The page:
Nineteen-year-old Amanda Rodriguez says gastric bypass surgery has changed her life and made her happy.
She had the operation a day before her 17th birthday, and has since lost more than 100 pounds.
She said being obese made her depressed in high school and that was the main reason she decided to have the surgery.
“In order for me to go to school which was in high school, there were a few flights of steps that I couldn’t even get up because I was so big and so heavy. I needed an elevator key to get up the stairs,” she said. “It was really embarrassing.”
Rodriguez is one of 890 teens in a recently released study looking at weight-loss surgery for adolescents. The University of Miami was the lead research site.
Results found that the teens lost an average of 66 pounds after one year. The patients had double the weight loss with gastric bypass compared to the adjustable band.
Only 29 gastric bypass and eight adjustable band patients needed reoperations. There was one cardiac death five months after surgery.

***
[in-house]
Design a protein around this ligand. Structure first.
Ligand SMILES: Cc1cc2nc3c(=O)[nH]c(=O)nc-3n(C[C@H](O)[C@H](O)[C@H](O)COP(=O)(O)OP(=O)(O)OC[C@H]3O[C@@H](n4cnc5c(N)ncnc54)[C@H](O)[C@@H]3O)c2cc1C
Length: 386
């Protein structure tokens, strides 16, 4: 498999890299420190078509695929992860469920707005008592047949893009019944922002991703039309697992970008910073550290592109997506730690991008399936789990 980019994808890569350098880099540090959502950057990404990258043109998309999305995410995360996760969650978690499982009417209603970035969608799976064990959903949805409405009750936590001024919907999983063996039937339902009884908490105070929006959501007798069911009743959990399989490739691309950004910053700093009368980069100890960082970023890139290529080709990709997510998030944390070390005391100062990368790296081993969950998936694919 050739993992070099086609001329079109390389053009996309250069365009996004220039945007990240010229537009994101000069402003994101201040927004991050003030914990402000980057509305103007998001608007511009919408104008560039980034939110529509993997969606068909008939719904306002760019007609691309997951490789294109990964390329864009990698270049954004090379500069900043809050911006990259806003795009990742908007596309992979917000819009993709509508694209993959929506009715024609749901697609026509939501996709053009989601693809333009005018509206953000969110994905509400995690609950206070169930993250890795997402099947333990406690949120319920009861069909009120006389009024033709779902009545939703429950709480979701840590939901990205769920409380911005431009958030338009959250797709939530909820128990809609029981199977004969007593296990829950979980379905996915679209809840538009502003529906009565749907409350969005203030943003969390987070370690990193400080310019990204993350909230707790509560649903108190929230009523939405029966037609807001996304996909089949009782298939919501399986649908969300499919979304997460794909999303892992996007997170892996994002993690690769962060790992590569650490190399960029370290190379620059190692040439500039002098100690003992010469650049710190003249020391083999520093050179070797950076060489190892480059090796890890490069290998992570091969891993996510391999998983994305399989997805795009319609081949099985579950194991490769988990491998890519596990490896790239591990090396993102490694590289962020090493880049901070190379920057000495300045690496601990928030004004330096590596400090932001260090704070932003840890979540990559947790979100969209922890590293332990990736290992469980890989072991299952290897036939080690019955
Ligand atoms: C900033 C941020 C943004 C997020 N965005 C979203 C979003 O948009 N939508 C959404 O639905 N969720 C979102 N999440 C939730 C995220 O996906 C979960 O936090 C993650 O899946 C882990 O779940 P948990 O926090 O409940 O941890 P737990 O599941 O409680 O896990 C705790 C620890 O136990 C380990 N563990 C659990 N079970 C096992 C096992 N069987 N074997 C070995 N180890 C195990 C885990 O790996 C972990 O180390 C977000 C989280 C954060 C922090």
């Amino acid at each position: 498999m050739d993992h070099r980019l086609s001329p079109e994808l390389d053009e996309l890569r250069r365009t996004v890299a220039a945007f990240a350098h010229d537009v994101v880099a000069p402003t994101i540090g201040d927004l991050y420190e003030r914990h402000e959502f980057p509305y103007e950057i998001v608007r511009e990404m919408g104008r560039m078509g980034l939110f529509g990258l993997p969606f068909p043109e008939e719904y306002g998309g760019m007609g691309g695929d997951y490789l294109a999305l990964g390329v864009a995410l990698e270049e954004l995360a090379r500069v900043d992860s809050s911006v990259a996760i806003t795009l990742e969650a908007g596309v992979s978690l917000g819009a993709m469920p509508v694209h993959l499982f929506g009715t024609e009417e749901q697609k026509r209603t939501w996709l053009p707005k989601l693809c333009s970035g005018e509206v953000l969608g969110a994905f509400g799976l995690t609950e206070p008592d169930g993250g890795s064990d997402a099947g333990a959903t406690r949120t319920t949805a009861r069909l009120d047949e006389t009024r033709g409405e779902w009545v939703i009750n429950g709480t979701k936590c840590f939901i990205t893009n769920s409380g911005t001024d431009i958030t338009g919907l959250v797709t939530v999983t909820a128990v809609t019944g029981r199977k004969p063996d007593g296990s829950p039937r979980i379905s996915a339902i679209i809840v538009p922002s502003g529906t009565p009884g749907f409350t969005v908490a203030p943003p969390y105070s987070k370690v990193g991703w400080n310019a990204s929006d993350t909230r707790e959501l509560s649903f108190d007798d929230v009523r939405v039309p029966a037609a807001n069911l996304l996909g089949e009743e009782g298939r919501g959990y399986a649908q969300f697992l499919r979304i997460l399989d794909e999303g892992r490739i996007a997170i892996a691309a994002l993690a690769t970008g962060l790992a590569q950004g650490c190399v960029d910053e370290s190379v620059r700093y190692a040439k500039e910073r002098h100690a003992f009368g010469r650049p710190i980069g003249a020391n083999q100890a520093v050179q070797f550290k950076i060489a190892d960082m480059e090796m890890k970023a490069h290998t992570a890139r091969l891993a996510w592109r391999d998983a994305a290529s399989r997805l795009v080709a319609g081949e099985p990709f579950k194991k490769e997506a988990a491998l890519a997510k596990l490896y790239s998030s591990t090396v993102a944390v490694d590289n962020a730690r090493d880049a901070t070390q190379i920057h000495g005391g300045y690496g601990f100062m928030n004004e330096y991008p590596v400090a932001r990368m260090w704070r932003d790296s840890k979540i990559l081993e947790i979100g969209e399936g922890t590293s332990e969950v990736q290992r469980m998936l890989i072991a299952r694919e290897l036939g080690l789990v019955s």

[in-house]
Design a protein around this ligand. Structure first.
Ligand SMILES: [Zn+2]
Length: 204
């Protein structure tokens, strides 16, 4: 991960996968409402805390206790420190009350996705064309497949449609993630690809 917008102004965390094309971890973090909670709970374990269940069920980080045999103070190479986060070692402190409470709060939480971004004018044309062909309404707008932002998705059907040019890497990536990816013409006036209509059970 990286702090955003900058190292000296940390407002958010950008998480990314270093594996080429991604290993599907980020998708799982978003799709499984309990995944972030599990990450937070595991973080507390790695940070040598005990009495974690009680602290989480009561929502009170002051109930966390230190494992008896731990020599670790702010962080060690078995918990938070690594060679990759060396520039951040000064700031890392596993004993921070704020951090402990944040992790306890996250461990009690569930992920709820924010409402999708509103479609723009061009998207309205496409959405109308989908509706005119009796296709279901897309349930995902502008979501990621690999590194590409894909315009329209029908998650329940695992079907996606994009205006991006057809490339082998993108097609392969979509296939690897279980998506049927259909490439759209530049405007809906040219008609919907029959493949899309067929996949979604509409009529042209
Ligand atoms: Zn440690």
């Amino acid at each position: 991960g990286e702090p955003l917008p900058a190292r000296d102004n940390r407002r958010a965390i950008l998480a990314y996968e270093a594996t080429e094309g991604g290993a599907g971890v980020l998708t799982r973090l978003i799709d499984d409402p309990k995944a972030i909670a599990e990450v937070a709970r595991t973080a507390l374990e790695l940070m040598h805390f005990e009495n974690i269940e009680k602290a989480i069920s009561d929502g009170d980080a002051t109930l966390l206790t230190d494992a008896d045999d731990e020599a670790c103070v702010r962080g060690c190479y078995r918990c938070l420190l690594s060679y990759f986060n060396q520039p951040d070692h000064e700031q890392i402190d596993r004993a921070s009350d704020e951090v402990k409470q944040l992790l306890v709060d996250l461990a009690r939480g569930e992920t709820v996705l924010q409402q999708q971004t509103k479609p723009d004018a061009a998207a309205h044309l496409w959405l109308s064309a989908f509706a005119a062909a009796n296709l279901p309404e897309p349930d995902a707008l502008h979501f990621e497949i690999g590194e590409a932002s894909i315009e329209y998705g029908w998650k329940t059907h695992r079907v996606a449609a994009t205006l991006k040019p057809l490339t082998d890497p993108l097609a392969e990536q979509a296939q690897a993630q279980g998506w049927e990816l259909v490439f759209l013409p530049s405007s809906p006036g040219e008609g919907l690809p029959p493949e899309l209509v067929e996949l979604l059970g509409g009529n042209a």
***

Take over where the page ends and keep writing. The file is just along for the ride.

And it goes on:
There are still no long-term results from the study.
“Why wait if you have a patient that is morbidly obese in their teenage years and there is an intervention available to them to help them live a healthier life as an adult, why not?” asked UM pediatric researcher Dr. Sarah Messiah.
While children’s obesity rates continue to increase, many pediatricians and parents hesitate to choose weight-loss surgery for teens. UM bariatric surgeon Dr. Nestor de la Cruz Munoz sees it as a possible option for children, however.
“The youngest age I would do the operation? I'm not sure. Because if someone presented me with a 9- or 10-year-old that was severely morbidly obese, I would consider it,” he said. “The youngest age we've done the surgery on is a 13-year-old.”
Rodriguez, who is now a student at the University of Connecticut, says gastric bypass surgery has improved her life.
“I’m able to walk around the campus and I'm able to go on school field trips and kind of interact with really cute guys,” she said.